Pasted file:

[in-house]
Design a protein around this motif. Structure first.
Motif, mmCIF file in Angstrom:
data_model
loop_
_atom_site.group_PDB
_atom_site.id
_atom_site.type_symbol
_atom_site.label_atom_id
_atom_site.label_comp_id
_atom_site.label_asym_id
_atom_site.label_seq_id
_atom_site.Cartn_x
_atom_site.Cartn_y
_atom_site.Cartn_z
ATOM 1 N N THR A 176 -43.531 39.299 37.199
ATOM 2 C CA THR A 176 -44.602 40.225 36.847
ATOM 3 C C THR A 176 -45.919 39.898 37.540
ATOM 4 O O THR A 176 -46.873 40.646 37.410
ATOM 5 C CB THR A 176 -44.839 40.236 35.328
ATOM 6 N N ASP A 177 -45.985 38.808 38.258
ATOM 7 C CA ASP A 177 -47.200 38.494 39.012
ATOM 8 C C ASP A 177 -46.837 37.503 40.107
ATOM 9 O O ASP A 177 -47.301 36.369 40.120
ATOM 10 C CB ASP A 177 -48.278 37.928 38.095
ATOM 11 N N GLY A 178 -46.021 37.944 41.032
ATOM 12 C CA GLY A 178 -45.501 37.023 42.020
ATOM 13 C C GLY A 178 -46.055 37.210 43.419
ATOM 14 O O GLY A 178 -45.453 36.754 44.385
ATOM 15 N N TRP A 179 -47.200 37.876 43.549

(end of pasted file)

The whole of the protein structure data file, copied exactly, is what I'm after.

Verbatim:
[in-house]
Design a protein around this motif. Structure first.
Motif, mmCIF file in Angstrom:
data_model
loop_
_atom_site.group_PDB
_atom_site.id
_atom_site.type_symbol
_atom_site.label_atom_id
_atom_site.label_comp_id
_atom_site.label_asym_id
_atom_site.label_seq_id
_atom_site.Cartn_x
_atom_site.Cartn_y
_atom_site.Cartn_z
ATOM 1 N N THR A 176 -43.531 39.299 37.199
ATOM 2 C CA THR A 176 -44.602 40.225 36.847
ATOM 3 C C THR A 176 -45.919 39.898 37.540
ATOM 4 O O THR A 176 -46.873 40.646 37.410
ATOM 5 C CB THR A 176 -44.839 40.236 35.328
ATOM 6 N N ASP A 177 -45.985 38.808 38.258
ATOM 7 C CA ASP A 177 -47.200 38.494 39.012
ATOM 8 C C ASP A 177 -46.837 37.503 40.107
ATOM 9 O O ASP A 177 -47.301 36.369 40.120
ATOM 10 C CB ASP A 177 -48.278 37.928 38.095
ATOM 11 N N GLY A 178 -46.021 37.944 41.032
ATOM 12 C CA GLY A 178 -45.501 37.023 42.020
ATOM 13 C C GLY A 178 -46.055 37.210 43.419
ATOM 14 O O GLY A 178 -45.453 36.754 44.385
ATOM 15 N N TRP A 179 -47.200 37.876 43.549